BOCA RATON, Fla. — Mitt Romney crossed a major threshold early this week, briefly moving above 50 percent in his favorability rating, according to the Real Clear Politics average of polls — giving the Republican a lead over President Obama for the first time on that measure.
Now, with the presidential debates behind him, Mr. Romney has punctured Mr. Obama’s effort to make him unacceptable in the minds of voters, and they enter the final two-week stretch of the campaign having once again turned the election into a referendum on the president.
“The debates — especially the first one — destroyed the Obama crew’s strategy of disqualification,” said Republican pollster Mike McKenna. “Six months of work and $400 million of ad buys went up in smoke in about 10 days. With less than 340 hours to go, they are having real trouble with their footing.”
The debates’ effect can be seen in the favorability ratings. At the end of September, ahead of the debates, Mr. Romney had a 44.5 percent favorable rating. But by Monday, when he and Mr. Obama faced off for the third and final time, the Republican’s rating had leapt to 50.5 percent.
Tom Jensen, director of Public Policy Polling, a Democratic firm, said Mr. Romney’s favorability surge “really has been remarkable” and explains why Mr. Obama has not been able to put away the race at this point.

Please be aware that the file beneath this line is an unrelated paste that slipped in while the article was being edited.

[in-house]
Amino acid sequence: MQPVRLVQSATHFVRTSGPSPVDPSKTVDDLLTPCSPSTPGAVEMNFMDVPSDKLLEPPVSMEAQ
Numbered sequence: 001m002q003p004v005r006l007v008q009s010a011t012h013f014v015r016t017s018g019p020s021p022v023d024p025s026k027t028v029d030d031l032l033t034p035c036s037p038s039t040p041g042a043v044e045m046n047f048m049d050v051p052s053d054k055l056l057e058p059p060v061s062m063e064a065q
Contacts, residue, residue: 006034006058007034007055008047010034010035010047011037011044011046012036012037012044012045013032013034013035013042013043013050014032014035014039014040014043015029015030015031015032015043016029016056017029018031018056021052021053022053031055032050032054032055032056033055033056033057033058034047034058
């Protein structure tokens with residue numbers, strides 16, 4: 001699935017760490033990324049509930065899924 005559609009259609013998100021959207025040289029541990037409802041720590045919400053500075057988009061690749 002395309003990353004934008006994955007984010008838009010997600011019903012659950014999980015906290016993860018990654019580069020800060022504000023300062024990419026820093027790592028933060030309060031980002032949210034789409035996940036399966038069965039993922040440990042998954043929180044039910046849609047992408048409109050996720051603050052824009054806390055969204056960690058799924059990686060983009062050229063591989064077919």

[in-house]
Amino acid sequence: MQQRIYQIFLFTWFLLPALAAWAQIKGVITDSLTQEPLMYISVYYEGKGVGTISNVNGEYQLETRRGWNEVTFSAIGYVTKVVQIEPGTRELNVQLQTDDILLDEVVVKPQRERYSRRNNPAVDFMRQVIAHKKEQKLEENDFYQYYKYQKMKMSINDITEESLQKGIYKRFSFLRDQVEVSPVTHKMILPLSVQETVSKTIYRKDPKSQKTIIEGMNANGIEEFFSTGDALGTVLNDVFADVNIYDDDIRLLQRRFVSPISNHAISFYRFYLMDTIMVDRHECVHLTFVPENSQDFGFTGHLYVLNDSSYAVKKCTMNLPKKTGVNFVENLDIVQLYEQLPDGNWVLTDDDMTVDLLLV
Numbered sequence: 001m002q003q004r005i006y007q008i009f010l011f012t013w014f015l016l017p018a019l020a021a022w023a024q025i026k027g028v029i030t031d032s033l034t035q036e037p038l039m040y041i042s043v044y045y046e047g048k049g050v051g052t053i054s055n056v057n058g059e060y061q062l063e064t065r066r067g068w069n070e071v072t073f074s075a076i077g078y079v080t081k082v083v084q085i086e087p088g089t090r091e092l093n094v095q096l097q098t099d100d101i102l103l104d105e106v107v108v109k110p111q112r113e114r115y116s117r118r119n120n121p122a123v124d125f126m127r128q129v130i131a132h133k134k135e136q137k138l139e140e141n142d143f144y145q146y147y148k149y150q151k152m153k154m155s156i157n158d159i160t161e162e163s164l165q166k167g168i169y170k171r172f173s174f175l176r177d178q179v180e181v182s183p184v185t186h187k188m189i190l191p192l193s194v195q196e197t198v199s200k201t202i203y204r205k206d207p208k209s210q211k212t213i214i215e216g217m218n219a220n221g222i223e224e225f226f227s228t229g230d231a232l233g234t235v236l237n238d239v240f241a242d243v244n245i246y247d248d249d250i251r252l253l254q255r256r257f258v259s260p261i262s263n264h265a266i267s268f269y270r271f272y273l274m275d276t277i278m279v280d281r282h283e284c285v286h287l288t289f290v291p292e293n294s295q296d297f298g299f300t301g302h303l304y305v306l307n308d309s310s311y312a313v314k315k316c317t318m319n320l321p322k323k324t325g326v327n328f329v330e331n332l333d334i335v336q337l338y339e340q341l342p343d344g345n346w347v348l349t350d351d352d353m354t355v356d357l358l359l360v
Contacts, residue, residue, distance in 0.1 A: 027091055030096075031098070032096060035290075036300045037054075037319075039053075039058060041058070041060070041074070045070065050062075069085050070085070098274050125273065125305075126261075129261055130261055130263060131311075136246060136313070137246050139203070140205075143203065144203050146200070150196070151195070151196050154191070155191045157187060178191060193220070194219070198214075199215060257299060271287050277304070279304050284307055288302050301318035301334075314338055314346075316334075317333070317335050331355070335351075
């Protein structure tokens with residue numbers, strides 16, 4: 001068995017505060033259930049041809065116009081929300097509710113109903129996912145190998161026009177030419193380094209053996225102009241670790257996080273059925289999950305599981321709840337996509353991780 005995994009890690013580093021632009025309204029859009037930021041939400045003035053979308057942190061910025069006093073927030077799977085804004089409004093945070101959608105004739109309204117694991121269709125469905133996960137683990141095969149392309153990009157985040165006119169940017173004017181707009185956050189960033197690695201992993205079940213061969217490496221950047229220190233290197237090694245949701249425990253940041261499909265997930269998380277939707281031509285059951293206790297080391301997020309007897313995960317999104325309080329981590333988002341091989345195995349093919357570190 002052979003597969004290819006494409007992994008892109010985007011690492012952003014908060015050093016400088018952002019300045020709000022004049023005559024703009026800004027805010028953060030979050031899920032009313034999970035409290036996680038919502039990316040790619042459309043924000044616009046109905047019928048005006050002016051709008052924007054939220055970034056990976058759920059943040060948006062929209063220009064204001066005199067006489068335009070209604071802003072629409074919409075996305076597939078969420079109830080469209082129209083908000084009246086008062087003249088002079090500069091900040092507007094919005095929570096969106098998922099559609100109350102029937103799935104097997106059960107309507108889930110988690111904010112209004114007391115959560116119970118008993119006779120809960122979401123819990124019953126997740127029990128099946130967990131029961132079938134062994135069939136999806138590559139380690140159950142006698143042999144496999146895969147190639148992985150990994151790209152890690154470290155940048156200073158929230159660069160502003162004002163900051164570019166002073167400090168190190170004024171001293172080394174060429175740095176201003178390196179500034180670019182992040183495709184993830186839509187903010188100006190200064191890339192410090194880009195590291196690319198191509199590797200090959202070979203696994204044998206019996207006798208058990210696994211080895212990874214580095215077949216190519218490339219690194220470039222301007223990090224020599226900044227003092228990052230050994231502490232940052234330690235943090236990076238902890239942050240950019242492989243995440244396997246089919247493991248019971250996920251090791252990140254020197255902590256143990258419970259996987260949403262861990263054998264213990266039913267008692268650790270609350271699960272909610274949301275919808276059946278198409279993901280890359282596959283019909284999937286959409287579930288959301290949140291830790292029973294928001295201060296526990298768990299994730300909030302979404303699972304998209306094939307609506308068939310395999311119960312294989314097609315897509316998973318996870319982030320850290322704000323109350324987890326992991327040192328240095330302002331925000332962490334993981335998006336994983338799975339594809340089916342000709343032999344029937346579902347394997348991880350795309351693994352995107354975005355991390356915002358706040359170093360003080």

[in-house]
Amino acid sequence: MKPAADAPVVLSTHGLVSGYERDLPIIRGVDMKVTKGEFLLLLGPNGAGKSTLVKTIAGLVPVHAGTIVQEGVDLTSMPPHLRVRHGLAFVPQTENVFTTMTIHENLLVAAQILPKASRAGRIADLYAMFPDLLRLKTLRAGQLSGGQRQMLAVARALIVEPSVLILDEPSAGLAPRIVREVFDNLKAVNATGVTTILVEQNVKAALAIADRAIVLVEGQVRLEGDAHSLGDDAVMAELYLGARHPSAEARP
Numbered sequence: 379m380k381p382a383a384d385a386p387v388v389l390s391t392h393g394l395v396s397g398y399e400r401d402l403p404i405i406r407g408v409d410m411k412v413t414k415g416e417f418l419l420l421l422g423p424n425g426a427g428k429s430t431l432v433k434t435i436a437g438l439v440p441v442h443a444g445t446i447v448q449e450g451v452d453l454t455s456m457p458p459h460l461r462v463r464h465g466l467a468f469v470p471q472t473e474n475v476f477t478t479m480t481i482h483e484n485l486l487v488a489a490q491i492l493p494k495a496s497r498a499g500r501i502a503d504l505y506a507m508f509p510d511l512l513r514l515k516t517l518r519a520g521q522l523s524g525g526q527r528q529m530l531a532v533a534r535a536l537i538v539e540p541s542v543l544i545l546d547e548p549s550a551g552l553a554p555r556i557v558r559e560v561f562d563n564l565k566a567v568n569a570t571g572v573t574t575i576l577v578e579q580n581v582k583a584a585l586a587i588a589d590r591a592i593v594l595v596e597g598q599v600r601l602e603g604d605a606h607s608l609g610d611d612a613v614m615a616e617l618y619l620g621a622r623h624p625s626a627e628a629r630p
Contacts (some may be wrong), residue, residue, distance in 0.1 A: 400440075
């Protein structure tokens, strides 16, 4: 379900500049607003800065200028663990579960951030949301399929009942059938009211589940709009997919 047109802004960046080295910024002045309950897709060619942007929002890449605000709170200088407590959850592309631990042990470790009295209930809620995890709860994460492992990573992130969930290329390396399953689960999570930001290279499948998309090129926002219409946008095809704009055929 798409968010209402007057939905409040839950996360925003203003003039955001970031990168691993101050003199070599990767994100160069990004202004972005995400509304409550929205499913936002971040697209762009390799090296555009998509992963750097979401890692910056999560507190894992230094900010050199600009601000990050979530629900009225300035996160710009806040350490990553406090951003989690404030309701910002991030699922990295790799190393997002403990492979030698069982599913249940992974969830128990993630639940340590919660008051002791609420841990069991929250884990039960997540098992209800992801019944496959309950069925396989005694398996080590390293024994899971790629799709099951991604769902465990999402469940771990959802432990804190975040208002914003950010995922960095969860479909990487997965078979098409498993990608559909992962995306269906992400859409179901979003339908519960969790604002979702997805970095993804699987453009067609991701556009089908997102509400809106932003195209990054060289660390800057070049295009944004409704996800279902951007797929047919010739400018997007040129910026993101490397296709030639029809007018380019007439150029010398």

“It was inevitable that Republicans were going to warm up to him once he became their nominee, but ever since his big victory in the first debate his numbers with independents have improved a good deal as well,” he said. “We’re actually finding in our national tracking now that Romney’s favorability numbers are better than Obama‘s, which no one could have imagined six months ago.”
By Tuesday, Mr. Romney’s favorability average at Real Clear Politics had dropped below 50 percent again, though he still leads Mr. Obama when it comes to net favorability — the calculation of favorable rating minus unfavorable rating.
Campaigning in Henderson, Nev., on Tuesday, Mr. Romney said the debates “supercharged” his supporters.
Less than 24 hours earlier, he had delivered a measured performance in a debate that focused on foreign policy.
While pundits complained that he didn’t leave much daylight between himself and Mr. Obama on the issues, depriving them of the chance to compare and contrast policies, Republicans said Mr. Romney accomplished something deeper — he made himself a palatable alternative to Mr. Obama.
At one point, he even swatted away an Obama attack by accusing the president of offering little else.
“Attacking me is not an agenda,” the Republican said.
He hewed closely to the president’s decision-making when it came to action in Syria, Iran and Afghanistan.
Indeed, at one point the president told Mr. Romney that the only difference in their positions was “you’d say them louder.”